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No Open Banking

Situated roughly about midway between Hawaii and Australia, Tuvalu is a cash-based economy.

49% of the population of Tuvalu had access to the internet at the beginning of 2022.

Financial inclusion in Tuvalu is facing challenges due to geographical barriers, lack of alternatives to cash transactions, and lack of branchless services. All banking services require personal visits at bank branches, making bank services time-consuming and difficult in peak times and for residents of the outer islands. All transactions are done with cash, and there are no card arrangements, imposing significant liquidity constraints on citizens. Unlike its peers, there are no ATMs in Tuvalu. The lack of data precludes assessment of financial inclusion by residents, but anecdotal evidence suggests that the share of unbanked individuals remains high.

A relatively low level of financial development has left Tuvalu with important gaps in financial depth, financial inclusion, and financial efficiency, with banks providing inadequate support for private sector-led economic growth. Fintech strategy could help fill some of these gaps. Three potential solutions could be considered: mobile money, e-money and internet banking, and cross-border payments.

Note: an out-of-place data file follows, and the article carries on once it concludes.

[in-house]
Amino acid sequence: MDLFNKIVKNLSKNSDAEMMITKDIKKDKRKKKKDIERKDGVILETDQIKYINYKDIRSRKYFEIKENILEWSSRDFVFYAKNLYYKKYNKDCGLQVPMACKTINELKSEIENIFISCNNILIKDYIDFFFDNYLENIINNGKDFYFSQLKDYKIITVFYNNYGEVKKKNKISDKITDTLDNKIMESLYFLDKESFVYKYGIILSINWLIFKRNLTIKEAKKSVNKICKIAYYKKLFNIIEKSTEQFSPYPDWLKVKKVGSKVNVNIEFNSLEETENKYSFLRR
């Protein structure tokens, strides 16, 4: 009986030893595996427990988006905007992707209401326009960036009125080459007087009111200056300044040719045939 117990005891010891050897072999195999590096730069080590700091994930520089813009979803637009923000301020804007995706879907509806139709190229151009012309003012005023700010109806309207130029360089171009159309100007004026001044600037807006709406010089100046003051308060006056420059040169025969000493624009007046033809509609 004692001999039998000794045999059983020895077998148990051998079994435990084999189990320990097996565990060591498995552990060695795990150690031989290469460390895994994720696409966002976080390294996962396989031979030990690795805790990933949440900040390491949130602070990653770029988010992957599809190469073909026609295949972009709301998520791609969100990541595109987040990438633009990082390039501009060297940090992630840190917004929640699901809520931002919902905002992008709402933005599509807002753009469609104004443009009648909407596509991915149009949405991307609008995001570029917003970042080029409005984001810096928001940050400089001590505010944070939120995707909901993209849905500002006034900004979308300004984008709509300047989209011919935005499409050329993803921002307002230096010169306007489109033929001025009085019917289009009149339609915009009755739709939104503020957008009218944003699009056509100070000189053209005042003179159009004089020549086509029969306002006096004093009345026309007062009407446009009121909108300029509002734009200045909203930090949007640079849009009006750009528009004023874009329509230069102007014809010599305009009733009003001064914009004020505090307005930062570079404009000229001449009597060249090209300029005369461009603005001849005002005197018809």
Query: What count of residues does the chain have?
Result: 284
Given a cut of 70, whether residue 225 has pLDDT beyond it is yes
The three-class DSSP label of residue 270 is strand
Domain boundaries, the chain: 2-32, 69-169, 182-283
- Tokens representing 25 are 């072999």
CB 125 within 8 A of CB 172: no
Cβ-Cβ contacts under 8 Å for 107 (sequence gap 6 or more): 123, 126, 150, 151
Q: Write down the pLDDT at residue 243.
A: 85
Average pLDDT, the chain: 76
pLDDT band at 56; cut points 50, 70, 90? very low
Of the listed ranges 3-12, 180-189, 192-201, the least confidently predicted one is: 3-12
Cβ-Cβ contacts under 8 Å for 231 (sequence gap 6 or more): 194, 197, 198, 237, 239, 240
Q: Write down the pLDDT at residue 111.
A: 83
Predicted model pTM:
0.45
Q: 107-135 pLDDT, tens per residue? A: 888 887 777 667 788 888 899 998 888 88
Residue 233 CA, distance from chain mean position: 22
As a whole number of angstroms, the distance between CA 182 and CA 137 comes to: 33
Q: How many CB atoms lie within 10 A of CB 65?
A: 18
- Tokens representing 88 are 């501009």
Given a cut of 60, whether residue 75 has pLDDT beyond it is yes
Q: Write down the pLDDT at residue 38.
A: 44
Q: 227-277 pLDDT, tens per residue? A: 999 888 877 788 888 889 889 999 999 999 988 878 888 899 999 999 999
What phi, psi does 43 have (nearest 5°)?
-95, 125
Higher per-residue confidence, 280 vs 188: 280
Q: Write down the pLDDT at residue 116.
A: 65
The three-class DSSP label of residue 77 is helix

According to the International Monetary Fund (IMF), Fintech could potentially allow Pacific island countries to alleviate the impact of structural impediments and persistent challenges, such as geographic remoteness and dispersion, small scale, limited infrastructure, and fragile correspondent banking relationships. Fintech solutions can complement existing efforts to promote financial inclusion, enhance financial sector development, and increase inclusive growth potential, thereby reducing poverty.